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Thomas Wentworth Higginson, Massachusetts in the Army and Navy during the war of 1861-1865, vol. 1: prelminary narrative 8 0 Browse Search
Thomas Wentworth Higginson, Harvard Memorial Biographies 2 0 Browse Search
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mpaign on the Hudson, by Rev. H N. Hudson; in Gordon's War Diary, p. 411; in Eyland's Evolution of a Life, p. 231; and in Putnam's Co. A, 25th Mass., p. 232. an impetuous recklessness of statement and a lawyer's ingenuity in special pleading. If eveal Biographies, I, 124, 219. A captain and two lieutenants of the 20th were killed, one of the latter being young William Lowell Putnam, whose great grandfather, Judge Lowell, inserted the anti-slavery clause in the Bill of Rights of Massachusetts. Putnam, when the surgeon came to dress his wound in the hospital, said, Go to some one else; you cannot save me. The boy-lieutenant of the 15th, John William Grout of Worcester, barely eighteen and fresh from a military school, took a load of woundgiments, complaining of the appointment over their heads—or the threatened appointment—of inexperienced civilians; See Putnam's Co. A, 25th Mass. (pp. 126, 127), for illustrations of this. and it was fortunate that the strongly democratic spirit o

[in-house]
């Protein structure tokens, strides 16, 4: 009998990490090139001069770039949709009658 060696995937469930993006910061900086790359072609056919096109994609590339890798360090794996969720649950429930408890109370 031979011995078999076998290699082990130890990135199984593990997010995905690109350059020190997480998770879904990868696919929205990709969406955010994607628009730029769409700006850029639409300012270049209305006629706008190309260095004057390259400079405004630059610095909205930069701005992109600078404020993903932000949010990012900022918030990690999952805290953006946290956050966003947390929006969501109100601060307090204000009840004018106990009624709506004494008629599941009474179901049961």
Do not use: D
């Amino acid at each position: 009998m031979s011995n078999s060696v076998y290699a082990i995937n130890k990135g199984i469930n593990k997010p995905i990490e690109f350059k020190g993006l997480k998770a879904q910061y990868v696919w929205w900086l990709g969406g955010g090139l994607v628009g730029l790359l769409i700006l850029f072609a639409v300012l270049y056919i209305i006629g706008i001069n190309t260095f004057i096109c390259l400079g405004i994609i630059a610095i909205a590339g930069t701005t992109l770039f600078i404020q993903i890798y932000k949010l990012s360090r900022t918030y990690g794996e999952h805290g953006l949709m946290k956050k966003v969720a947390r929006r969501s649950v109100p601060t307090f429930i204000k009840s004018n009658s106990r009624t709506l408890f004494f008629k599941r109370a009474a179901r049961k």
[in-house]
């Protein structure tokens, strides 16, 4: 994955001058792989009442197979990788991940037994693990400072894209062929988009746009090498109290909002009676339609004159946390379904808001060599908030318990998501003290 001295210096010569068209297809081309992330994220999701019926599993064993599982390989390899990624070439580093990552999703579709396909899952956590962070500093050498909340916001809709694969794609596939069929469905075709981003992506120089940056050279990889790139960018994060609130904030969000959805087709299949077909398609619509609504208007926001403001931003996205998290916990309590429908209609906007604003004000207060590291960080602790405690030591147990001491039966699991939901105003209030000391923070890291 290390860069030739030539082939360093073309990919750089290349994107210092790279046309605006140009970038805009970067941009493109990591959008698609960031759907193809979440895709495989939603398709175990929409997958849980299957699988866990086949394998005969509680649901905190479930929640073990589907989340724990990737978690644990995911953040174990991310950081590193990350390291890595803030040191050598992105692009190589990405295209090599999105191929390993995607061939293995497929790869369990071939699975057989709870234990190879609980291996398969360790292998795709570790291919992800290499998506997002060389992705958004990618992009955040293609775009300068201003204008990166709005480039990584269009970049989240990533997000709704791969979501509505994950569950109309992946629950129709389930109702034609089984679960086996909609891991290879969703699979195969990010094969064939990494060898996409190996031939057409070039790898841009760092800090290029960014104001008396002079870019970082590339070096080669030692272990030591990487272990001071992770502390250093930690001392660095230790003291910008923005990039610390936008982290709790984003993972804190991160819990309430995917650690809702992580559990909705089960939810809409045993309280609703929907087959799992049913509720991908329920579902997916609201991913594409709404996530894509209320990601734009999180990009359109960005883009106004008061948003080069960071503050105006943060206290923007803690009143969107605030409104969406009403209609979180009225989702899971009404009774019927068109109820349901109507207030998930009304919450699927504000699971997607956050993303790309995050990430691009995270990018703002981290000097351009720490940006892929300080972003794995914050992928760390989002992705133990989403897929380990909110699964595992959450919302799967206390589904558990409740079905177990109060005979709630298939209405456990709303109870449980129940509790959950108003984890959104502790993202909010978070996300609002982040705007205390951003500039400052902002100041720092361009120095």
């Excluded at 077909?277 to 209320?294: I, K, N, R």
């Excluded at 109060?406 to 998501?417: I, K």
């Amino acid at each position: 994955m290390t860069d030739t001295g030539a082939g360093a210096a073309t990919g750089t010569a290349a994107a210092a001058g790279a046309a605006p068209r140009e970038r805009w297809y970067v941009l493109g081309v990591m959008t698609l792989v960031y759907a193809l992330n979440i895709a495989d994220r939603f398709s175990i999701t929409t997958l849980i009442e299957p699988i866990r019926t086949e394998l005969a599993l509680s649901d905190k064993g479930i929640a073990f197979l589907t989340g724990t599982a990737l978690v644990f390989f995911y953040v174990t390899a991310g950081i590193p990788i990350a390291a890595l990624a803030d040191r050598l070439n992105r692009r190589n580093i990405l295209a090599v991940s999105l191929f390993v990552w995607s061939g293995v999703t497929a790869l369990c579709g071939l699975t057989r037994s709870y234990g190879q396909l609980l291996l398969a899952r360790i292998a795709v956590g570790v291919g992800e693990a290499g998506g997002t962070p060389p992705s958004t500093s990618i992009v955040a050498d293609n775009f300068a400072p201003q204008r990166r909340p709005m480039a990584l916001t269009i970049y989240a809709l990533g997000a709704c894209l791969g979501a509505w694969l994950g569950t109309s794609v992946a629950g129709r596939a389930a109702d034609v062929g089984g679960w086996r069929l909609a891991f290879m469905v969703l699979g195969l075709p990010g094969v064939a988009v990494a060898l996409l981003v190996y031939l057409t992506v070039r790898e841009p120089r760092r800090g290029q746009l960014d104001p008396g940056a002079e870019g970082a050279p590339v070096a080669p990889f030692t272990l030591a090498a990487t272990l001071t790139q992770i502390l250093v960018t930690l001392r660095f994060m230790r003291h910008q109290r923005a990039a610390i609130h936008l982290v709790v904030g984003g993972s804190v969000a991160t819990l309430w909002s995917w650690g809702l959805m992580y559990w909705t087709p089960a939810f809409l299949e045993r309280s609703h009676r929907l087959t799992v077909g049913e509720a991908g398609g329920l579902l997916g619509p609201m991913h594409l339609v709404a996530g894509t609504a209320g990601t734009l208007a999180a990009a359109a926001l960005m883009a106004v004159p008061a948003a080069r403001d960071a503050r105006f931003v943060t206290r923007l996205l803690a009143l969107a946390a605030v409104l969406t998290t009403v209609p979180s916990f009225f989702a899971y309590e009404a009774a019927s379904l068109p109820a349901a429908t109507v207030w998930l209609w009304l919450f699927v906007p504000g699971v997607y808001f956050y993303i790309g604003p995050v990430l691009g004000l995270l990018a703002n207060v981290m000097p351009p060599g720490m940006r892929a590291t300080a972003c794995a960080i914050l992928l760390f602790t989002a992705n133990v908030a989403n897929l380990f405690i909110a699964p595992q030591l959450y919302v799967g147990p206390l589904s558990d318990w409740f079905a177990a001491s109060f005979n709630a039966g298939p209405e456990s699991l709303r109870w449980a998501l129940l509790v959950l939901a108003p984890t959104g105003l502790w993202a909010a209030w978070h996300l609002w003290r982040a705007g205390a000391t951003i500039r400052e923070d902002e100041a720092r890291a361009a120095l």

Thomas Wentworth Higginson, Harvard Memorial Biographies, 1860. (search)
be ready for possible contingencies. The defeat of the national army in the first battle at Bull Run was the event that decided him. He applied at once for a commission, and obtained that of Second Lieutenant in the only regiment in which he ever served. The examples of others, doubtless, concurred with the high promptings of his own heart to lead him to join the army. He had, in so doing, the inspiring companionship of his near kinsmen,—the brothers Lowell, James and Charles, and William Lowell Putnam,—of college classmates, and many an old comrade at school. His younger brother, Frank, too, was at this time at home, recovering from his wounds after three months of campaigning in Virginia, and impatiently waiting to be well enough to go back and serve under the commission of Second Lieutenant of Artillery in the Regular Army, which he had just received from the Secretary of War. It was bestowed in recognition of the extraordinary bravery which he, a mere lad of sixteen years, h